‘No man is an island - unless he is in a car’

‘When I was living in London, a Greek Cypriot friend once said to me: ‘Guernsey is a lovely place but it’s so small - when we went there my wife and I drove round it in just 20 minutes.’

I thought this was funny - I quipped back: ‘You can’t have seen all of Guernsey in 20 minutes - it takes at least 30 minutes to drive around the island.’ And so in defence of Guernsey’s compact virtues I told him: ‘The key is to get out of the car and walk -  then you can see Guernsey’ - implying that on foot it would take more than a life time to discover all the islands’ nuances.’

Cars are primitive time machines. They’re quite good at transporting us relatively quickly from A to Z - (except at commuting times) - but like all time machines they cut us off from the times and places in between, giving us only superficial glimpses of what we pass by.

The more we rush the more we are subject to the omissions and constraints of time travel. In our cars we lose meaningful connection - missing out on most of the the sensory possibilities that come from exploring the places in between our departure and destination points. Life and lives pass quickly by. We miss the happenings that are possible with a slow walk. We miss engaging with nature and people. Walking is, or certainly can be, a meditation that transcends the narrow limitations of contemporary living - epitomised by our consumer lifestyles and drivers’ mindsets.

To appreciate nature and the landscape you just have to get out of the house or car and become a walker - you don’t have to be a photographer. In fact a too obsessive relationship with camera gear and obtaining the ‘right’ shot can impose its own limitations on our engagement with the environment, especially when, wittingly or not, photographers are working to visual formulae promoted by the photographic industry and media.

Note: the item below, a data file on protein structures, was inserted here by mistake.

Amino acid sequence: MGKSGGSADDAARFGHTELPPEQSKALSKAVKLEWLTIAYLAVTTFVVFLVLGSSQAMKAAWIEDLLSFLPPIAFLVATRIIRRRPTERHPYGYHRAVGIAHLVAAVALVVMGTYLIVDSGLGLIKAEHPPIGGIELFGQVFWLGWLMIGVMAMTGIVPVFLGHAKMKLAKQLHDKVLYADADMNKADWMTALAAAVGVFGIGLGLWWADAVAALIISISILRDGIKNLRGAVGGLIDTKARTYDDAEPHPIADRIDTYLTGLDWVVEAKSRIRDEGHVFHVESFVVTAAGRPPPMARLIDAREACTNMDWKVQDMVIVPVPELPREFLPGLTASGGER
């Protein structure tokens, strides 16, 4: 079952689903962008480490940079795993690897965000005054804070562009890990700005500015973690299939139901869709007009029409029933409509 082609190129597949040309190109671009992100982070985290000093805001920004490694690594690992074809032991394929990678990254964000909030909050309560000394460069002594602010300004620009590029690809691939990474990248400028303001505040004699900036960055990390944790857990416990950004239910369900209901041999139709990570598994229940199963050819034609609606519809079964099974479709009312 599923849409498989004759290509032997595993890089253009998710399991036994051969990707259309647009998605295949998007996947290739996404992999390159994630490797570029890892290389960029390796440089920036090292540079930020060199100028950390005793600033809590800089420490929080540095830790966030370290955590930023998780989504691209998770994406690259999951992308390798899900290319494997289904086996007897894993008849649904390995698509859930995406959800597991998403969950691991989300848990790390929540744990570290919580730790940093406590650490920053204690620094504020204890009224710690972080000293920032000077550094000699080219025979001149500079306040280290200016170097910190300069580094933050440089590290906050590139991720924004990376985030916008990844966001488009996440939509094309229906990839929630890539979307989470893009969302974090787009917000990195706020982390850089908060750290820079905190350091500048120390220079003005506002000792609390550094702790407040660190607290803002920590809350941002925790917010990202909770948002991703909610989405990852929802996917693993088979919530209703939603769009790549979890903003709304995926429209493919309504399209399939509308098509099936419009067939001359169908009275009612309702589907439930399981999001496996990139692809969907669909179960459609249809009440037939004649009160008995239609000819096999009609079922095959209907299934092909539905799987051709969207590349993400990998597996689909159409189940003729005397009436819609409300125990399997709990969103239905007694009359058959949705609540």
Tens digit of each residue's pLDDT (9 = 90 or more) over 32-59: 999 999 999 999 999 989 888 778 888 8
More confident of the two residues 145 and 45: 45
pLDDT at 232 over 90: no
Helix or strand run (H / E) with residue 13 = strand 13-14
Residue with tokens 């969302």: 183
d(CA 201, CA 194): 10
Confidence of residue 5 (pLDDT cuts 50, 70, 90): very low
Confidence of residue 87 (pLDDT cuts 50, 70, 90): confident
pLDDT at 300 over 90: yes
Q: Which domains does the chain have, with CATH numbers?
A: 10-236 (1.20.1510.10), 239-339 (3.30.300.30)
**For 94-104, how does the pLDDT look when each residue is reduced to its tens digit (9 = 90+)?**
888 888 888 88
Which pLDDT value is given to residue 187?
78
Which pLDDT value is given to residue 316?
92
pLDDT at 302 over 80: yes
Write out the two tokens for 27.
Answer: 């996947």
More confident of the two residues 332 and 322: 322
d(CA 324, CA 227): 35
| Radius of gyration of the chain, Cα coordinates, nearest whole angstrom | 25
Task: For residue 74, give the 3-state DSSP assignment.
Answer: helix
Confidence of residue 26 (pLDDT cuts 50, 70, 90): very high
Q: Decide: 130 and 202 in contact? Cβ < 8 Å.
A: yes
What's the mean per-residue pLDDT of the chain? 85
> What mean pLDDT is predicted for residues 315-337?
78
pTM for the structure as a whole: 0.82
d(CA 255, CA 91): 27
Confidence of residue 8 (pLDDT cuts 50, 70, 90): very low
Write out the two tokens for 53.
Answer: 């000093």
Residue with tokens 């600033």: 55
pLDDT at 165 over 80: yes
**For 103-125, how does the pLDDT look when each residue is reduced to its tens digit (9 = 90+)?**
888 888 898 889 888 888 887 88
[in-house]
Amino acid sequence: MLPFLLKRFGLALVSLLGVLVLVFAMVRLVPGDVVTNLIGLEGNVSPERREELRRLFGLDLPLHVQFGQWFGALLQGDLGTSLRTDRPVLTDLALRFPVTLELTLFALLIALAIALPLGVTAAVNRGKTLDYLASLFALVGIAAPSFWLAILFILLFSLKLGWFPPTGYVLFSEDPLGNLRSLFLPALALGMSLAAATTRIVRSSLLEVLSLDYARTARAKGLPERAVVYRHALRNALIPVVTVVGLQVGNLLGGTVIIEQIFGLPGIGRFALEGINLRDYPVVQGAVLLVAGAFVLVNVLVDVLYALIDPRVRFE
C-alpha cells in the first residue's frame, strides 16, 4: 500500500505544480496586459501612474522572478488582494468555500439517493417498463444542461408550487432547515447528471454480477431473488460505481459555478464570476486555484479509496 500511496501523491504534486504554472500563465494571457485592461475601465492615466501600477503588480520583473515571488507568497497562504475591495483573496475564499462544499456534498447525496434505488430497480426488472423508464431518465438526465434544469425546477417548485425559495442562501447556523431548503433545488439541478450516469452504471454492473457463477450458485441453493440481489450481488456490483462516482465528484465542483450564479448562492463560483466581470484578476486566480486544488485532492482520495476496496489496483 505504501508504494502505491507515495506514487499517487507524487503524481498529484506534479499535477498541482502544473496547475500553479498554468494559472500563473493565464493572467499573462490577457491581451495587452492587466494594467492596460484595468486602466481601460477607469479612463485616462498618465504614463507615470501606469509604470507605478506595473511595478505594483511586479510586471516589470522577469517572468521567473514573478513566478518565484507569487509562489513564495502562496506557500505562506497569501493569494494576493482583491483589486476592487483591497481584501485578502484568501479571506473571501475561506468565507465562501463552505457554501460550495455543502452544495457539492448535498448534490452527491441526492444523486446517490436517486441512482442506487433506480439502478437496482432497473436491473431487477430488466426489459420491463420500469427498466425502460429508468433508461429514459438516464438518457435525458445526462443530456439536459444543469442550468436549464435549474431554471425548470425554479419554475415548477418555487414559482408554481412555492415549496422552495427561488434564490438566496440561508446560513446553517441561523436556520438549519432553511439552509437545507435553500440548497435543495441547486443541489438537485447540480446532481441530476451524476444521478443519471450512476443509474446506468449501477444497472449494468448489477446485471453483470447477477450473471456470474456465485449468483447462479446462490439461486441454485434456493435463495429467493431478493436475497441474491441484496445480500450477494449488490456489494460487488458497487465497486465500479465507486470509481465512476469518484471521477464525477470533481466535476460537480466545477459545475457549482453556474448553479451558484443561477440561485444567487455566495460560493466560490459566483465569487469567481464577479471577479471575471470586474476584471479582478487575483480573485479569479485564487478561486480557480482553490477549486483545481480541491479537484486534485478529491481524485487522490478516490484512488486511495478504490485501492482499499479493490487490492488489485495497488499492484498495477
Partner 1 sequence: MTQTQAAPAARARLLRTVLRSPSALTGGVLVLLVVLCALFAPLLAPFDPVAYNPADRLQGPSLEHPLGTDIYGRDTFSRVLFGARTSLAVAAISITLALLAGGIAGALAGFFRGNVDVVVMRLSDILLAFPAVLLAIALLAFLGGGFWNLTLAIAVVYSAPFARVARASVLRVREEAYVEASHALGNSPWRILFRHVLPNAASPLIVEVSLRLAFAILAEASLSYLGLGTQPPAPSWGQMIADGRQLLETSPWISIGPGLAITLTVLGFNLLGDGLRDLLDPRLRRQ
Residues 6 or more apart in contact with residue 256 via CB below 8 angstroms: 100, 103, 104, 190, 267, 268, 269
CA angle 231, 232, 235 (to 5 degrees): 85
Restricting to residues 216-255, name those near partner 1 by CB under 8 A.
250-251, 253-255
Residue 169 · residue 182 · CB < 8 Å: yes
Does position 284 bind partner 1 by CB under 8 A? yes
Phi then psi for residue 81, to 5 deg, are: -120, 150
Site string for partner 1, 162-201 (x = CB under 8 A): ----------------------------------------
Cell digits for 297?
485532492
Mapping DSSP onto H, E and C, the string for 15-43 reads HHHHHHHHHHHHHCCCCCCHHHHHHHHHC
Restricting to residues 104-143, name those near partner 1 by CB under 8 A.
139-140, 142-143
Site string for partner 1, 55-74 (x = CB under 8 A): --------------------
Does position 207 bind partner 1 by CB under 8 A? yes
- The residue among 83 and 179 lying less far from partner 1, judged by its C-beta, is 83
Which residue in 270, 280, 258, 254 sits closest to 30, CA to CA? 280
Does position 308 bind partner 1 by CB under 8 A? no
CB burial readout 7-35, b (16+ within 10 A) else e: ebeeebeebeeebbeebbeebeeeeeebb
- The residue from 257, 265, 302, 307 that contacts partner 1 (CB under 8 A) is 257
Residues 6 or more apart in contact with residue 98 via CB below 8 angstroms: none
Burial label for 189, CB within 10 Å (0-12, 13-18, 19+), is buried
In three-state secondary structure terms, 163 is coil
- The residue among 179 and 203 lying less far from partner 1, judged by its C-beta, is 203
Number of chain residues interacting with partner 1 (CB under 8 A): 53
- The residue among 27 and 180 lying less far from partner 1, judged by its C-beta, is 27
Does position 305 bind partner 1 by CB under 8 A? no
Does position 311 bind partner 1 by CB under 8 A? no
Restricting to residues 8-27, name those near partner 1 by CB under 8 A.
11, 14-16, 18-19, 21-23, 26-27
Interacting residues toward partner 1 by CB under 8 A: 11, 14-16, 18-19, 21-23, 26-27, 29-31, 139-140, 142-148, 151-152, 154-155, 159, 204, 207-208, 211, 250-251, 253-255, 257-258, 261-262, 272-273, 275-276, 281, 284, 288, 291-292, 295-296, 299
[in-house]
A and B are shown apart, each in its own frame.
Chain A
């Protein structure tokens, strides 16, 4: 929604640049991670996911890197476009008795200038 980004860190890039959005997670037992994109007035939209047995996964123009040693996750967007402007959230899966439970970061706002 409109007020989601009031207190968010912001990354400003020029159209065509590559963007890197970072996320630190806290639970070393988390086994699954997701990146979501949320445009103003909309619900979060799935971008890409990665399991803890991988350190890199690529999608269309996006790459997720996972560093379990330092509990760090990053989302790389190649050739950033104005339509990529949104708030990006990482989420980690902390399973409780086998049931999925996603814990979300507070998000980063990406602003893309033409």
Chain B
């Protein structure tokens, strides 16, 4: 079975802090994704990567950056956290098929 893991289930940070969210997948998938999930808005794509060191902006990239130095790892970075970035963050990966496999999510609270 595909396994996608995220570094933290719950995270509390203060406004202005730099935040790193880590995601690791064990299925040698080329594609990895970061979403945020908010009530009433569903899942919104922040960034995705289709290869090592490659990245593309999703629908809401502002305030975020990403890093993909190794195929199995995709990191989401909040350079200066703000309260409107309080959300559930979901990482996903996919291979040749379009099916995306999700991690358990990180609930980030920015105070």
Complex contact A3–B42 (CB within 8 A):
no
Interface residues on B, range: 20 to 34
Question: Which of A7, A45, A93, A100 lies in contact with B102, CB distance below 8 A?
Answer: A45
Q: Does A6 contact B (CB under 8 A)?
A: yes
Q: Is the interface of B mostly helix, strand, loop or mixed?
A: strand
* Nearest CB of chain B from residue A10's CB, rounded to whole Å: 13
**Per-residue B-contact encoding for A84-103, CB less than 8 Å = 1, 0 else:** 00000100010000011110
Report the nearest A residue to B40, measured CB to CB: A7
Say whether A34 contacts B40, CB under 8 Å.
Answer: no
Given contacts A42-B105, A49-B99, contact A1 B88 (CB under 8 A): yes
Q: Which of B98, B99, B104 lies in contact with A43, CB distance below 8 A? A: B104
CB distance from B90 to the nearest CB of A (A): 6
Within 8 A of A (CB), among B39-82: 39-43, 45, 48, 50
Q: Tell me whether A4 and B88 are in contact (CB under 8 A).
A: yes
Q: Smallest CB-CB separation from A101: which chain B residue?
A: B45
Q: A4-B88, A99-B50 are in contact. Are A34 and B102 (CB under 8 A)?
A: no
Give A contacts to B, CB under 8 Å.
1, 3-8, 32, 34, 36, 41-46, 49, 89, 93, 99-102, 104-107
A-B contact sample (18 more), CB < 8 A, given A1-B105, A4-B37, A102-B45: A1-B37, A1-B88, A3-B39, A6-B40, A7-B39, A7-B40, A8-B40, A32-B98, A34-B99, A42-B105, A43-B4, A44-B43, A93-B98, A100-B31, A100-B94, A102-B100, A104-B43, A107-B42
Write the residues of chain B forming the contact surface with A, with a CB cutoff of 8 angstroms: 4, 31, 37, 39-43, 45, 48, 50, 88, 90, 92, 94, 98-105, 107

The real world isn’t a picture frozen in time - it’s a continually evolving process that photographs can only allude to. Photographs don’t capture sounds or smells but they can act as mnemonic devices, recalling those other sensory experiences.

The key to photography’s power is its relationship with some of the visual aspects of memory - so much of which is recalled in the mind’s eye. Photographs stimulate the visual cortex of the brain - this is why they can appeal to those who did not take them.

‘Being a photographer gives me a very good excuse to leave the car behind and to record my engagement with the Guernsey people and landscape, which in so many respects I still see in a traditional way - I guess because I am a child of the 1950s - with a visual education that took place in the late 1970s and early 1980s.

Whether I record fragments of Guernsey’s history or figments of what I see as Guernsey’s collective imagination, photography gives gives me the opportunity to see a more nuanced Guernsey - seeing the familiar in a different light and the new or not so familiar in corners otherwise too obscure to be seen from a passing vehicle.

Guernsey born, Mark Windsor studied photography at the London College of Printing where he obtained a Foundation Diploma in Visual Communication. Mark then went on to receive a Diploma in Creative Photography, Class 2:1, 1979-82 awarded jointly by the then Trent Polytechnic and Derby Lonsdale College, studying with John Blakemore and Paul Hill. He studied for an MPhil in Documentary and Community Photography at Lancaster University 1988-90 and has practiced mostly as an amateur photographer ever since. Bar one virtual exhibition organised in Berlin he has exhibited in group and solo exhibitions only in Guernsey, and has participated in and contributed to several of the Guernsey Photography Festivals. He has also published a book of black and white photos of Guernsey: By a Different Tide.’

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